London, Jan 11 (EFE).- Around 20,000 ambulance workers went on strike in England and Wales Wednesday to demand better pay and conditions.
The National Health Service (NHS) has urged members of the public only to call emergency services in the case of life-threatening illness due to the staff shortages.
The fresh round of strikes, the latest in a raft of industrial action to hit the United Kingdom amid a cost of living crisis, was organized by members of the Unison and GMB unions and comes a day after Rishi Sunak’s Conservative Party government presented a draft law to enforce “basic” services in sectors including health.
Ambulance workers in England and Wales will on Wednesday provide services to category 1 cases, which include cardiac and respiratory arrests that present an immediate threat to life.
The NHS, the UK’s free health care service, said: “Today, some services may be affected due to strike action. You should continue to call 999 if you need life-saving care. Ambulance services will be prioritizing the most clinically urgent cases. If it is not life-threatening, you may have to wait longer than usual.”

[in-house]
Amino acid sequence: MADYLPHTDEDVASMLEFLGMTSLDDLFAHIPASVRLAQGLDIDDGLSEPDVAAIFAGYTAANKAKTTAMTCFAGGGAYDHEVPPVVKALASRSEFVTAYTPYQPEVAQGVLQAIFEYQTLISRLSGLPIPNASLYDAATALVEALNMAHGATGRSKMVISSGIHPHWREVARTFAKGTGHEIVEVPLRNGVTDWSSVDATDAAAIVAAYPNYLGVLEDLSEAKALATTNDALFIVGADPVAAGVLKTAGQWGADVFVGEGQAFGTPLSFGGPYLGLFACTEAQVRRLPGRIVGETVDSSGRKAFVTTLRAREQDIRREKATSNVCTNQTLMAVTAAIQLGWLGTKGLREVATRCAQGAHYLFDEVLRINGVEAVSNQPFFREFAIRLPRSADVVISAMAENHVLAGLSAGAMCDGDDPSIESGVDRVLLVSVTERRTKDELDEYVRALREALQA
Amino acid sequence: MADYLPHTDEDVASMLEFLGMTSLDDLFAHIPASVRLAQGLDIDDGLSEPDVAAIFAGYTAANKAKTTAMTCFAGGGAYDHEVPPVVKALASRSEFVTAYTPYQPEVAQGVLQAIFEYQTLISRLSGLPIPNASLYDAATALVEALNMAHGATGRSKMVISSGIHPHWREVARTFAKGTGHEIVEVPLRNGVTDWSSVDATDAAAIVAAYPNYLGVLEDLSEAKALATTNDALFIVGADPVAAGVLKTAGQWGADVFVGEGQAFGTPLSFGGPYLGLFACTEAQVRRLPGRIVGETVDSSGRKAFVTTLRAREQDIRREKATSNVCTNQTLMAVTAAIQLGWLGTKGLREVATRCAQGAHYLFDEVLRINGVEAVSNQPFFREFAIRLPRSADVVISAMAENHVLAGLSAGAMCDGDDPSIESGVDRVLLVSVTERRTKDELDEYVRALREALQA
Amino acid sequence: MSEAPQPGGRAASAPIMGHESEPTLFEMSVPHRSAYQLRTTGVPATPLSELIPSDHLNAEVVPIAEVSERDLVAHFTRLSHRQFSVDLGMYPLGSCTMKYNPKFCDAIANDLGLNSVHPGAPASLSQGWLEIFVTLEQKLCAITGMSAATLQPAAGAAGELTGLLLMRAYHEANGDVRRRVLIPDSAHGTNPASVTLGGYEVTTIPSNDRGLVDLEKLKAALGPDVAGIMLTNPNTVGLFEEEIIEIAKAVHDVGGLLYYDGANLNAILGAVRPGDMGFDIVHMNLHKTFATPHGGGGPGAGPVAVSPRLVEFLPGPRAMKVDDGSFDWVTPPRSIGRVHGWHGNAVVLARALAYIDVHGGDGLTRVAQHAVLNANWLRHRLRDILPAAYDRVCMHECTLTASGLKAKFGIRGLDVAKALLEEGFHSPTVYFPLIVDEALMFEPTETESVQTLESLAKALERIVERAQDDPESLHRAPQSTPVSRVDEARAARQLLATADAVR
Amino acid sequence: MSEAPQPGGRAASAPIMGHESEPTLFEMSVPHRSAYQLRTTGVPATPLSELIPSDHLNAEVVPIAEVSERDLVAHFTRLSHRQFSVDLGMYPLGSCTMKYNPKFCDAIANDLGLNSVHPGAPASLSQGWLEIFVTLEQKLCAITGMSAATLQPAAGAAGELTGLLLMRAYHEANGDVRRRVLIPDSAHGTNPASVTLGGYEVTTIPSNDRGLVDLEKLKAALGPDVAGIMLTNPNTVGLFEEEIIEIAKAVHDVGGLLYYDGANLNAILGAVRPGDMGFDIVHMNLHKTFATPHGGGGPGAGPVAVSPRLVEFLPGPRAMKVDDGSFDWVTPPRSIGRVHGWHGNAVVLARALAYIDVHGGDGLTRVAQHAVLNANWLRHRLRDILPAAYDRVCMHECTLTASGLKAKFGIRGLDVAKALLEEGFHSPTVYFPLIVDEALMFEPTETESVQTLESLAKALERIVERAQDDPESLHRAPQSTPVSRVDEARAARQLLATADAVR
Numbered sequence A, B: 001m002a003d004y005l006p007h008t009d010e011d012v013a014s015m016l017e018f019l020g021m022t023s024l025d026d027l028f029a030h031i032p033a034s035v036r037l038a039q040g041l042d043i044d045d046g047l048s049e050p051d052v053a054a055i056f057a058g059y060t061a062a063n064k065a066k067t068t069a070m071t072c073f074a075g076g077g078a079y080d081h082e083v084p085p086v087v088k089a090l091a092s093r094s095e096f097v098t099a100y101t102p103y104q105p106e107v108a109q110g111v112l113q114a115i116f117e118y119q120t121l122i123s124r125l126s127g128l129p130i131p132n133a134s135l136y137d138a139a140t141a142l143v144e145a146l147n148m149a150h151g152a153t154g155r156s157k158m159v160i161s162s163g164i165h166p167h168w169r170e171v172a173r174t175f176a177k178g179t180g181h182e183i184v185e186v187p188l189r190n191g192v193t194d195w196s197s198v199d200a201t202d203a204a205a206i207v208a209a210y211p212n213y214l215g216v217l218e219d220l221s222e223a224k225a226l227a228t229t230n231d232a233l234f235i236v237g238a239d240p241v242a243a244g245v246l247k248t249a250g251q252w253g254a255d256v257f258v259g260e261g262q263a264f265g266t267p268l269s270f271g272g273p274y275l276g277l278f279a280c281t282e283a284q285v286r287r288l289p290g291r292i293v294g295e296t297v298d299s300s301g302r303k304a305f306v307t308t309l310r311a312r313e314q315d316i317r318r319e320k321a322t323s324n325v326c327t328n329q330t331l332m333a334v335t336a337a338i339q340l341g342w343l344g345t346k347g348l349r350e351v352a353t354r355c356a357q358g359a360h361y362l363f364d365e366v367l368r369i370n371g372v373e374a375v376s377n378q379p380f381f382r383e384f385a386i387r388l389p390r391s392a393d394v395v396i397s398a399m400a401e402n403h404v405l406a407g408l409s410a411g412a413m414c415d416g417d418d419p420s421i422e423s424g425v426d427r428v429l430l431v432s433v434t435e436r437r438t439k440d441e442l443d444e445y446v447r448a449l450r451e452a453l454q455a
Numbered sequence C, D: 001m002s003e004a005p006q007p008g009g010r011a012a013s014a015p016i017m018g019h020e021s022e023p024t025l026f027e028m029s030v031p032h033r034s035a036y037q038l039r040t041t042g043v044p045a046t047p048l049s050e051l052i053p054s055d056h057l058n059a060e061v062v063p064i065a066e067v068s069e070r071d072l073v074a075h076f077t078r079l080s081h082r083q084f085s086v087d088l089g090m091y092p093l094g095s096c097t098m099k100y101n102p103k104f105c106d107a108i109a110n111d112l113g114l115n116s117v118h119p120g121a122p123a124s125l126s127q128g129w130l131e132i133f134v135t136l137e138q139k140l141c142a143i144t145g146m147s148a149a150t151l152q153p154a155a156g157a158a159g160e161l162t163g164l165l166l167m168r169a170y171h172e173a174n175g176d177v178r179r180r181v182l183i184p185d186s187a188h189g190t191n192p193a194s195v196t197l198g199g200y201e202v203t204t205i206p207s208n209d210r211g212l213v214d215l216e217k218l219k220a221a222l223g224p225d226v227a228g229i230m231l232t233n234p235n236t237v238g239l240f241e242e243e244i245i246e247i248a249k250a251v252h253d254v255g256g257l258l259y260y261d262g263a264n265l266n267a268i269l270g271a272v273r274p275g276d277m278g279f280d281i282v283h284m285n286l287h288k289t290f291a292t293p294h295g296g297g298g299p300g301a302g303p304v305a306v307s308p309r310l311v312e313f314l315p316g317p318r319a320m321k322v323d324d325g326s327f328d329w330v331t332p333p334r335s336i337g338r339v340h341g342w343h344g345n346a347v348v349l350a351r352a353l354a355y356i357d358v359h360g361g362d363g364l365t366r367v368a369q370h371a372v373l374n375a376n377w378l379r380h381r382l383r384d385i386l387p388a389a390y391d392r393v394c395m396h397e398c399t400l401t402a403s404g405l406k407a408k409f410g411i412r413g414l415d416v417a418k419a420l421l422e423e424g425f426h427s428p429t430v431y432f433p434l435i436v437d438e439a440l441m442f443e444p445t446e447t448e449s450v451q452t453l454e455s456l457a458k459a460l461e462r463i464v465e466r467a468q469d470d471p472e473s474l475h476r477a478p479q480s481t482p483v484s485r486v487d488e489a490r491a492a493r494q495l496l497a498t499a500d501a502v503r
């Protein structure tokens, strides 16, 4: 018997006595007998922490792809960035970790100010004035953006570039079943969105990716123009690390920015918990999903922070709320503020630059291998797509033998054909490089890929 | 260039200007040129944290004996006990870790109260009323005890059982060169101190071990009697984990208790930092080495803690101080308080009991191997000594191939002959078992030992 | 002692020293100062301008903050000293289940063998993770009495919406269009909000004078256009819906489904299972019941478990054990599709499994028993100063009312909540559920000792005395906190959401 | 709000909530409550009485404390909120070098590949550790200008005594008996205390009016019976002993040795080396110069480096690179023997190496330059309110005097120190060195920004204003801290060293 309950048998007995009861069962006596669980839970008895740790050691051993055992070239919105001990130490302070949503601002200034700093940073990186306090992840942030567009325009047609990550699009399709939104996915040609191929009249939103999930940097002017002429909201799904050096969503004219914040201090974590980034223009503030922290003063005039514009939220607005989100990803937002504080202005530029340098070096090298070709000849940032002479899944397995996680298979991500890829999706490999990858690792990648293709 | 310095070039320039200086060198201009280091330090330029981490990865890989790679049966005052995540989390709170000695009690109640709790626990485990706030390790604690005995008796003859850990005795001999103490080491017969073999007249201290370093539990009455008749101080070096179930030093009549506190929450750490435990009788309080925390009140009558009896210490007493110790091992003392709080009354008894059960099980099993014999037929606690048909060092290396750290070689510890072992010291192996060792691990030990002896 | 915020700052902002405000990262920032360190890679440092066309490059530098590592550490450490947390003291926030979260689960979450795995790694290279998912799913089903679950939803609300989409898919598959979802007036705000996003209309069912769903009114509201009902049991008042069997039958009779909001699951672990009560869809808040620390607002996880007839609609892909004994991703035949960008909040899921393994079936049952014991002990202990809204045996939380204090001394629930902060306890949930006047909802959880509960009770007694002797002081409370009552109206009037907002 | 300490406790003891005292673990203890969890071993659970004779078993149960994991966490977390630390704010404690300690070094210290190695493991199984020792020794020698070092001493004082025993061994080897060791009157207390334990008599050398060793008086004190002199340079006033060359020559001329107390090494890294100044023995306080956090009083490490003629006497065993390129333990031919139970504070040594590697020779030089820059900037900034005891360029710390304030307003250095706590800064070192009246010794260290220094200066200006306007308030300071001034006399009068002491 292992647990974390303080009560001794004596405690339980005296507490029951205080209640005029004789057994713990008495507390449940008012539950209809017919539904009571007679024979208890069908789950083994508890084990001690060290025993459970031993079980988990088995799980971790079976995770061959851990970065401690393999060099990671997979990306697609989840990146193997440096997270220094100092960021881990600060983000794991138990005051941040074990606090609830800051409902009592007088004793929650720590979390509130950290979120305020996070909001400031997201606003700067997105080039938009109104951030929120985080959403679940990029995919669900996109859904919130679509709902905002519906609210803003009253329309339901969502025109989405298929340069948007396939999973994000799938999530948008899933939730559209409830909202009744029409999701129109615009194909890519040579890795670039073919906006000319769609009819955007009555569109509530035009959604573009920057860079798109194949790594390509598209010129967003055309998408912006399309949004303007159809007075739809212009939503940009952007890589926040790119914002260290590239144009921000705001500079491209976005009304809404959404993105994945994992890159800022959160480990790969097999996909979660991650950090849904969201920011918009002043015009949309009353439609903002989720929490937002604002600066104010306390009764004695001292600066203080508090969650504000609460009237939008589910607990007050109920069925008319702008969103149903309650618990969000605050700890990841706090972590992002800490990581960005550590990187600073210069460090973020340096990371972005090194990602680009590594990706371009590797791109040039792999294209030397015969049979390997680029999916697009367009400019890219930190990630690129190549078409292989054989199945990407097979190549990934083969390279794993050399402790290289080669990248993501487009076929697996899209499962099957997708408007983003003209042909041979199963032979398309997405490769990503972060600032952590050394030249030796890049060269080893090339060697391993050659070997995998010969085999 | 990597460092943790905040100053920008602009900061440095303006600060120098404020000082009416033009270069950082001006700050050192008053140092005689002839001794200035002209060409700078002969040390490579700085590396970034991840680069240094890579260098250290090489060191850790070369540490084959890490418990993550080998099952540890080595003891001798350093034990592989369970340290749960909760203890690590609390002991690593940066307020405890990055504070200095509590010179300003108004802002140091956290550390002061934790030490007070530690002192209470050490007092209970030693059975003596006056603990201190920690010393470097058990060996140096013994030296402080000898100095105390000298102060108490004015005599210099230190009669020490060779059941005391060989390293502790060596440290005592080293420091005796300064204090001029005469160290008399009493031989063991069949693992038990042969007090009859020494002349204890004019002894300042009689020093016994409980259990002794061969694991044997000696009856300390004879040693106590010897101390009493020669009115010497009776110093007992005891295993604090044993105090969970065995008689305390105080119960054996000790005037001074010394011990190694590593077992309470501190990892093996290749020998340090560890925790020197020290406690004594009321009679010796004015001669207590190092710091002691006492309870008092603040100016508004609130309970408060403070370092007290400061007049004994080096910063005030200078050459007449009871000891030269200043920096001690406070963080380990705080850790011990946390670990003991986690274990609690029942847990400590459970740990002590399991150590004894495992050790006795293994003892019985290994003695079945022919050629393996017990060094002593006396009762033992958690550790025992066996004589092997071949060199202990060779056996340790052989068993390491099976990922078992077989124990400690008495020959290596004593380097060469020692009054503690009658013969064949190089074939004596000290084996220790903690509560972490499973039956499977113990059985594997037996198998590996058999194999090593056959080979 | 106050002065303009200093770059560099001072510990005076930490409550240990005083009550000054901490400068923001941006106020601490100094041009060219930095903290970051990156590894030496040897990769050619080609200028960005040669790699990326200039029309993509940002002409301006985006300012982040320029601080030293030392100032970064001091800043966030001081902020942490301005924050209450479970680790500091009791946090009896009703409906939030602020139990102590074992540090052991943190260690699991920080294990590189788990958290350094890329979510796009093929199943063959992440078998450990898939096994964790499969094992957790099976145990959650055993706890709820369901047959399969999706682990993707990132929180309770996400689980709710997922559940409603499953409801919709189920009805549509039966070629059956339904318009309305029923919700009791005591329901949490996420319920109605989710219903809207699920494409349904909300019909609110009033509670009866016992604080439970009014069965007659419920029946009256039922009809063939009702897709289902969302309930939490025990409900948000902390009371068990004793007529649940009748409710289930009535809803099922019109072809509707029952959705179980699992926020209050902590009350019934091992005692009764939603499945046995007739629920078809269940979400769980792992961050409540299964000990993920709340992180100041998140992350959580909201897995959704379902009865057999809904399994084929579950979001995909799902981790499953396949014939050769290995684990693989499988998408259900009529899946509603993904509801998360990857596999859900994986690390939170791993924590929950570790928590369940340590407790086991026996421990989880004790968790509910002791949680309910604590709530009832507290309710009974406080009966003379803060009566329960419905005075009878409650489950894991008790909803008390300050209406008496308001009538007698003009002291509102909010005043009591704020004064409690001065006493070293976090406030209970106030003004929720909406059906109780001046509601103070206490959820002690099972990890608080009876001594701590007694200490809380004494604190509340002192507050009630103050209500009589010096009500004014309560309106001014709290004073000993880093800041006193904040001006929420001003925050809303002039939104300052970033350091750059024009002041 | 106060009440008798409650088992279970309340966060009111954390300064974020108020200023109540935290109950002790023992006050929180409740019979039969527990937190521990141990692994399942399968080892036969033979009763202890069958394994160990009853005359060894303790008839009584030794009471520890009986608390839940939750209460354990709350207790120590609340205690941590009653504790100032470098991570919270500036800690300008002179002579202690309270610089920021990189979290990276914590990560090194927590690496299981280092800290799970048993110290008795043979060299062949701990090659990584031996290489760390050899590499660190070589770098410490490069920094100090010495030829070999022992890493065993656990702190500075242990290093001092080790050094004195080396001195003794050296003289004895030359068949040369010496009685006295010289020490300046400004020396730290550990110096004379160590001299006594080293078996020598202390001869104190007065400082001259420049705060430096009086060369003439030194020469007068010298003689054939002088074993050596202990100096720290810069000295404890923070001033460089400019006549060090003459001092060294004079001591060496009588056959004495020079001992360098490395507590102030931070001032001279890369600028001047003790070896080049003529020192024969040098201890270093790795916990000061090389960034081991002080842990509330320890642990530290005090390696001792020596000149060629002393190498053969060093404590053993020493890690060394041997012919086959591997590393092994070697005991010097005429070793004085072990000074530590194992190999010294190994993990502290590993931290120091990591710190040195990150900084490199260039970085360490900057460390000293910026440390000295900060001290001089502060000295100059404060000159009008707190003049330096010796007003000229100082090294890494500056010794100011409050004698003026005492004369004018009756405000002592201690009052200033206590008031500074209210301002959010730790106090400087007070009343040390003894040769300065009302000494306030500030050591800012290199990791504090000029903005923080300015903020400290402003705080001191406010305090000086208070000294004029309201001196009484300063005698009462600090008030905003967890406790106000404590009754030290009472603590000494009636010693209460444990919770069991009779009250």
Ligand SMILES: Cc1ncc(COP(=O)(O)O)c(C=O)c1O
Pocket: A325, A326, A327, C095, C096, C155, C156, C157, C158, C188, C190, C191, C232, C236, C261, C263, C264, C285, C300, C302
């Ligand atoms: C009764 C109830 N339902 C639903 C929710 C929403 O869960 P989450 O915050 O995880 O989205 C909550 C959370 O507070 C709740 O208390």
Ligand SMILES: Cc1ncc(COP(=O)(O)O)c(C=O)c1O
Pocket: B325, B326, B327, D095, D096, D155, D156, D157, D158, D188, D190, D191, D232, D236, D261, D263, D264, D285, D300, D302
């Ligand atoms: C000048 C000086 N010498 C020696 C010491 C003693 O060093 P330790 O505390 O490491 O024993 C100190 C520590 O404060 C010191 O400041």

Ambulance workers are planning to go on strike again on January 23 in a bid to secure a pay rise from the government as inflation hits 10.7% in the UK.
In Scotland, unions accepted a salary increase of 7.5%.
The UK is in the grips of a period of strike action dubbed by the press as a new “winter of discontent,” with industrial action taking place in the railway and transport sector, schools and healthcare.
Sunak’s government has unveiled plans to introduce anti-strike legislation that would enforce minimum services in health, firefighting and railway sectors, among others, although have yet to publish the policy’s details.
Union bosses have questioned the legality of such legislation.EFE